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Financial Planning > Tax Planning

Some Democrats Want to Tax Financial Trades

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Traders at the New York Stock Exchange. (Photo: AP) (Photo: AP)

Wall Street would bear the brunt of the latest tax proposal as Democrats jockey for the most progressive tax ideas with the approach of the 2020 elections.

Senator Brian Schatz, a Hawaii Democrat, is working on a plan that would tax financial trades, according to his spokesman, Michael Inacay, who declined to provide details on how, exactly, it would be structured.

Financial transaction taxes typically place a levy of a fraction of a percent on the price of a securities trade. The idea has gained popularity within the Democratic Party as a way to curb high-frequency trading as well as raise revenue for progressive policies such as free college tuition.

Such a tax, however, remains a legislative long shot, especially with Republicans in control of the White House and the U.S. Senate.

For now, though, it adds to the array of progressive tax proposals Democrats could embrace to distinguish themselves from the GOP going into the next election season. Some of the ideas are emerging from the U.S. House, which is now in Democratic hands. And presidential hopefuls are beginning to campaign on large-scale tax plans that would largely hit the wealthy, and a series of recent polls show a majority of voters like the concept.

Schatz, 46, has not been among the prominent Democrats to express interest in replacing President Donald Trump, but he has been part of the effort to pull the party to the left, on taxes and other issues.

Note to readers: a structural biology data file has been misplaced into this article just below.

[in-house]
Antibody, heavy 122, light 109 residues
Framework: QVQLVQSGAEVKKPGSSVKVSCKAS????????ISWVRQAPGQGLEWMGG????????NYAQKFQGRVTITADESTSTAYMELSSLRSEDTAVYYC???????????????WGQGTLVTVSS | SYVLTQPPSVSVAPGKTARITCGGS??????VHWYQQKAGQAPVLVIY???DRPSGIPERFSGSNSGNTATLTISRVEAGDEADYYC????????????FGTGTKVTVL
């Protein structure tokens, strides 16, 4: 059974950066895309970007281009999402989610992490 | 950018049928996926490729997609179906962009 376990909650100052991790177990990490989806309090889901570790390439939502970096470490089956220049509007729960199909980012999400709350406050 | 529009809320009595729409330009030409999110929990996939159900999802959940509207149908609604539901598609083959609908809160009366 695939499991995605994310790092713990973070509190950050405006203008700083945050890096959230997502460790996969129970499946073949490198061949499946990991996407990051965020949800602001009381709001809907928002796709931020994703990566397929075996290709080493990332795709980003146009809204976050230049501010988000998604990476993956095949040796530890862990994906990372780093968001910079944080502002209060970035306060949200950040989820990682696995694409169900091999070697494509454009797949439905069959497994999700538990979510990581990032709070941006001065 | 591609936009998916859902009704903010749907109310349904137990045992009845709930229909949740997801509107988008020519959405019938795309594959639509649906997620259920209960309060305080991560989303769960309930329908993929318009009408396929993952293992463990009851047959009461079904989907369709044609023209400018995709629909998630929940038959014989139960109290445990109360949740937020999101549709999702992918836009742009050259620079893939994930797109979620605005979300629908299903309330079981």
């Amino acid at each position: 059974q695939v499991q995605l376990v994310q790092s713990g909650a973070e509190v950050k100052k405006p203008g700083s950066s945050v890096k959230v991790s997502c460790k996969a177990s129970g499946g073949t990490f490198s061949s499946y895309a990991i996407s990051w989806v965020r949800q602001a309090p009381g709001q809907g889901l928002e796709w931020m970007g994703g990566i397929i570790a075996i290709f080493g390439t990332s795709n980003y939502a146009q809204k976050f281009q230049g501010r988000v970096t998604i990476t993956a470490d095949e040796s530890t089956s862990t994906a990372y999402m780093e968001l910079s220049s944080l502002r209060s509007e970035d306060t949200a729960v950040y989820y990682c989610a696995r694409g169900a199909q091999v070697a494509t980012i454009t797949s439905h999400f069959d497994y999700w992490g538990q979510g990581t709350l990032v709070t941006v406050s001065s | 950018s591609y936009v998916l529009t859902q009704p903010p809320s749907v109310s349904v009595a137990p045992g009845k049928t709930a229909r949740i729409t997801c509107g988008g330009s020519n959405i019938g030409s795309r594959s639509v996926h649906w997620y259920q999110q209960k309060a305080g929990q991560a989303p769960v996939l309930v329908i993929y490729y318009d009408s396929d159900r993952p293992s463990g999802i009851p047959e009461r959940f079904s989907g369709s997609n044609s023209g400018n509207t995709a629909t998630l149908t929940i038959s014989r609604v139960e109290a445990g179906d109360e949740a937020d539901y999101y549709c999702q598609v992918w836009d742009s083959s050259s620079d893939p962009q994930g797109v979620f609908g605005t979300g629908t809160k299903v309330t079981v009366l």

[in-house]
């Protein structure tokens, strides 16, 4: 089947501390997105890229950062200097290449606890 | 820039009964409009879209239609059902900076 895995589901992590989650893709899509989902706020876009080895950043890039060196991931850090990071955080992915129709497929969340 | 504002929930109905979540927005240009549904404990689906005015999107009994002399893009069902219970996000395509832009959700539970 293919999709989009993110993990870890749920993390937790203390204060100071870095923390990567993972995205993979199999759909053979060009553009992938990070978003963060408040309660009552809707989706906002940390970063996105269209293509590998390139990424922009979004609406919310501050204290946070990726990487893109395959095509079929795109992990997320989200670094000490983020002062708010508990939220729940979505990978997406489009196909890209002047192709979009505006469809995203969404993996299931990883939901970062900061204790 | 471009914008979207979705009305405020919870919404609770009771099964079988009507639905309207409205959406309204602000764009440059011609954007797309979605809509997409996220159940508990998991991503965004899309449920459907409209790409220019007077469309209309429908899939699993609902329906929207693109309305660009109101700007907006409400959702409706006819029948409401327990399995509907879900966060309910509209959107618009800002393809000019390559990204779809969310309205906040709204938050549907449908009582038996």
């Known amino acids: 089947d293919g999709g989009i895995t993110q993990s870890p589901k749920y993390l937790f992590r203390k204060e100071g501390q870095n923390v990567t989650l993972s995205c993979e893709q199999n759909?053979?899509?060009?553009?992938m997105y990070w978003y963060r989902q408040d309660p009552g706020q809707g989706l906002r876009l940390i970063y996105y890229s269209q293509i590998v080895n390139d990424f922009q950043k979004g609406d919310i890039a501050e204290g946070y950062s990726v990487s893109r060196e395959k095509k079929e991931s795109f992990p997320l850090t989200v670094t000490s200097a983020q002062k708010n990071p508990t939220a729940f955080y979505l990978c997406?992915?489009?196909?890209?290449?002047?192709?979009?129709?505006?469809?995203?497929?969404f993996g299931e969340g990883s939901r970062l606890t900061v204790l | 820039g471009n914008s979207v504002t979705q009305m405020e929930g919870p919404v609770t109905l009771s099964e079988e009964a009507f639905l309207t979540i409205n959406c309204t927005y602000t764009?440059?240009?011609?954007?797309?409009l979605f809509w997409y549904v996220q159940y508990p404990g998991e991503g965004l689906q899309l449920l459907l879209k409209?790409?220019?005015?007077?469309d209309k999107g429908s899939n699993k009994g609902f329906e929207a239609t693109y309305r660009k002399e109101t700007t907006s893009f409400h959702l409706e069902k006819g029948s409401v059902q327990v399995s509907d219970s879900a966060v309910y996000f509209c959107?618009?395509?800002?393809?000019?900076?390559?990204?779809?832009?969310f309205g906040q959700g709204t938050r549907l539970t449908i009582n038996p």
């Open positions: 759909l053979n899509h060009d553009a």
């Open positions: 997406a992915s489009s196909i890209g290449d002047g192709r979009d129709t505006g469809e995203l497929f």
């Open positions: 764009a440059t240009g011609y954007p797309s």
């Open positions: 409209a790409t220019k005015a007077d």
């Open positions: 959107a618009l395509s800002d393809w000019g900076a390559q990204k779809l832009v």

The tax plans come in various forms. Senator Elizabeth Warren of Massachusetts has proposed an annual 2 percent wealth tax on net worth of more than $50 million and Senator Bernie Sanders of Vermont advocates raising the estate tax rate to 77 percent and expand the number of fortunes that would would be liable for the levy.

The estate tax exemption was $3.5 million as recently as 2009. The 2017 tax overhaul, installed by Trump and the Republican-controlled Congress, increased it to $11 million through 2025, and some Senate Republicans are renewing an effort to repeal the tax entirely.

Senator Kirsten Gillibrand of New York, another 2020 presidential candidate, as well as Sanders, has backed plans that would tax financial trades. The revenue of a tax set at 0.1 percent of the value of a securities trade is estimated to raise about $777 billion over a decade, according to the Congressional Budget Office.

Critics of such taxes say they would make capital more expensive for companies, meaning they’d raise less of it, and that they reduce liquidity in markets.

Overseas, the idea for a tax on financial trades in gaining steam. Stock buyers in Europe would pay a 0.2 percent tax under a plan that Germany and France proposed last month.

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